Next Generation Peacemaker Award: Noor Mir was the anti-drone campaign coordinator for CODEPINK and is based in the Washington, D.C. office, although she calls Islamabad, Pakistan her home. She graduated from Vassar College in 2012 with a major in Political Science and minors in French and English. While studying abroad at the University of St. Andrews in Scotland, she took courses on international law and targeted killings and was driven by what she learnt to turn it into a year-long research thesis on drone warfare in Pakistan. Noor is passionate about killer drones, humanitarian law and race relations.
The Howard Zinn Lifetime Achievement Award: Aurora Harris was born in Detroit, Michigan of African American and Filipina parentage and grew up in a Catholic and Muslim family. She holds an M.A. in Social Foundations of Education from Eastern Michigan University and a B.A. in Sociology from Wayne State University. Aurora is an advocate for students with special needs; a co-founder of We The People of Detroit, a grass roots organization that assists people who are victims of Detroit’s water shut off crisis; and an award winning published poet. Her book of poetry, Solitude of Five Black Moons, won the 2012 PEN-Oakland Josephine Miles Award for Excellence in Literature. As a spoken word artist, she records and performs with the In The Tradition Afro Jazz Band. Aurora is a Lecturer at the University of Michigan-Dearborn that teaches Advanced Composition and African American Literature. She serves as a board member of Broadside Press; a committee member of Detroit’s Martin Luther King Freedom and Justice March; Vice Chair of the Wayne RESAParent Advisory Committee; and the Secretary of a Parent Teacher Student Association. Past positions include being a Co-Chair of the Diversity Committee for the National Writers Union; Assistant Editor for Educational Studies: A journal of the American Educational Studies Association; and a member of The Action Committee for Justice 4 Maryanne (Godboldo). Her poems have appeared in Brooding the Heartlands: Poets of the Midwest; DrumVoices Review; Abandon Automobile; Poet in the House; Tilting the Continent: Southeast Asian American Writing; New Working Class Studies; Michigan Feminist Studies; and Educational Studies: A Journal of the American Educational Studies Association.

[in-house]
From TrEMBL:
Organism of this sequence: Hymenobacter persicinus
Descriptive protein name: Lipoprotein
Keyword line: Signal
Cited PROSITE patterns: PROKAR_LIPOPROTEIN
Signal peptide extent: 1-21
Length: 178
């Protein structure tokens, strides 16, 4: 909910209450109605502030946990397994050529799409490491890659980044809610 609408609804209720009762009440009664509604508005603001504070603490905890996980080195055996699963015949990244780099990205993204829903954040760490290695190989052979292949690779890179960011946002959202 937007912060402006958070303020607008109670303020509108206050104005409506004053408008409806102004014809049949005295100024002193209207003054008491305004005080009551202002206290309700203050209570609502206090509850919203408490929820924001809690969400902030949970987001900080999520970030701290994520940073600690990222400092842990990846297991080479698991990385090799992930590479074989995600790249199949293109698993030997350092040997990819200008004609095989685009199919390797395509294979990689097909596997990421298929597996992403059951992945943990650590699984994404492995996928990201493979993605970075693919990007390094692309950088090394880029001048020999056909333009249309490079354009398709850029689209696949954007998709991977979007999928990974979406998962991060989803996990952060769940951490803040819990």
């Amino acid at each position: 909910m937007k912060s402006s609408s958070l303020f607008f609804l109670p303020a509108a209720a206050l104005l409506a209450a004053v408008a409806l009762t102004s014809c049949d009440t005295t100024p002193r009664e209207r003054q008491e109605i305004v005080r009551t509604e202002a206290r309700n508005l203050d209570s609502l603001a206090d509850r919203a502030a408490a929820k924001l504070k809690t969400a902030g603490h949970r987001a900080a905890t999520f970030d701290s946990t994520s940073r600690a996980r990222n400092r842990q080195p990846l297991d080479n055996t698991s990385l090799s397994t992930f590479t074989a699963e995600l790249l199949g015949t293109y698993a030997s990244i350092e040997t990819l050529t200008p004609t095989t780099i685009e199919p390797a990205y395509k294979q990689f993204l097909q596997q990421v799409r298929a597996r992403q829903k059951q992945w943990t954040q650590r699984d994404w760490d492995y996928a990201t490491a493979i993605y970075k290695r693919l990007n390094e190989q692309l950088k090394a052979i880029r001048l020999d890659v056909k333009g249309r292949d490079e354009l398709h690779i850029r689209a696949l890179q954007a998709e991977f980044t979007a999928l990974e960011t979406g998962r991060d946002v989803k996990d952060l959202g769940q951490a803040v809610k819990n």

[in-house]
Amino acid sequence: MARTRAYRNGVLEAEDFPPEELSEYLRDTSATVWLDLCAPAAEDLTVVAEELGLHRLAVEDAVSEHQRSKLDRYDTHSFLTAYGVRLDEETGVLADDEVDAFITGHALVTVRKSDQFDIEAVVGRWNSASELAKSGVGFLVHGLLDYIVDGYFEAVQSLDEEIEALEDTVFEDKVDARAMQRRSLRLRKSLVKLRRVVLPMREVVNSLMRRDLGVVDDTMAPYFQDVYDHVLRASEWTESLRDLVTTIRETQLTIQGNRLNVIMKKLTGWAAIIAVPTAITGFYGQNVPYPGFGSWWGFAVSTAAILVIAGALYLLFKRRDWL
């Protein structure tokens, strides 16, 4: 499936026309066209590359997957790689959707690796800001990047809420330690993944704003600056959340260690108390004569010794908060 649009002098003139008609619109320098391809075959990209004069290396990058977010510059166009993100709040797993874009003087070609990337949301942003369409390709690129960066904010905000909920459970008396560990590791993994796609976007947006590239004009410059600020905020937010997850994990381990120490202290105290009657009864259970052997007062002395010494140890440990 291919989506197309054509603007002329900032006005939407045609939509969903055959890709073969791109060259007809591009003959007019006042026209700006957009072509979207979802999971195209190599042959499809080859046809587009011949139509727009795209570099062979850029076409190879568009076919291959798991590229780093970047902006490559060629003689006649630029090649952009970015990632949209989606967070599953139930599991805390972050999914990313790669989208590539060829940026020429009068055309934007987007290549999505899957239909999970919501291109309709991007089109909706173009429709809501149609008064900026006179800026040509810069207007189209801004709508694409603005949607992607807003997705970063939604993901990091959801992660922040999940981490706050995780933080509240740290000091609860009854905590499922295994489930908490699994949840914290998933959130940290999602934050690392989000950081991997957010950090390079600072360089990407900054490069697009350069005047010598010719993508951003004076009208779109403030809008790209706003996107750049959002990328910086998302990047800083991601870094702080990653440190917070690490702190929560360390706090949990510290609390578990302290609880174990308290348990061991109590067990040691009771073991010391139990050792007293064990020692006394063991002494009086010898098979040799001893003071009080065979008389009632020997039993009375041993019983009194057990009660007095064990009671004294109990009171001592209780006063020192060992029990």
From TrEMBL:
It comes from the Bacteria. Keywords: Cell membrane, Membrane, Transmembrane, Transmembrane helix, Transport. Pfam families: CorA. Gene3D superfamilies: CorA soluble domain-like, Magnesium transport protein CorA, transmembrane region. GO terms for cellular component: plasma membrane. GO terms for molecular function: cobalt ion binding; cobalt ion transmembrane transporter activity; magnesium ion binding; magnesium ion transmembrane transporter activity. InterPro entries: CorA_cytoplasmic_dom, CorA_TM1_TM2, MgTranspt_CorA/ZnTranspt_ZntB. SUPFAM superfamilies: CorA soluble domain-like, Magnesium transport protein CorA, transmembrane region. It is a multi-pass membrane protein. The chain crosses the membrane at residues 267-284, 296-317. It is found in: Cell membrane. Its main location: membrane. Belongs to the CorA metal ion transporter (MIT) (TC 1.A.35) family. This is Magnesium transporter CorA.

Best Undergraduate Paper of the Year Award: Daniel Hirschel-Burns (Swarthmore College), “Filling the Gap: Nonviolent Strategies for Civilian Self-Protection during Mass Atrocities”
Best Dissertation/Thesis of the Year Award: Janet Gerson (International Institute on Peace Education), “Public Deliberation on Global Justice: The World Tribunal on Iraq”
Social Courage Award: (1) Faculty Against Rape (Simona Sharoni accepting): FAR is a volunteer-run collective dedicated to getting more faculty involved in confronting campus sexual assault as researchers, teachers, survivors’ advocates, and policy reformers. FAR is committed to supporting faculty members who experience retaliation because of their efforts to address sexual assault on campus.; (2) Claudia Bernardi (California College of the Arts), works in the fields of art, human rights, and social justice, combining installation, sculpture, painting, and printmaking. Her praxis has focused on working in collaboration with communities that have suffered state terror and violence, and with victims of human rights violations.
Peace Educator/Scholar Award: Douglas Fry, chairs the Anthropology Department at the University of Alabama-Birmingham and also holds an affiliation at Åbo Akademi University in Finland. He is a prominent scholar, noted lecturer, and passionate teacher on issues of war, peace, and human nature/societies, who has worked tirelessly and profoundly on such matters for many years.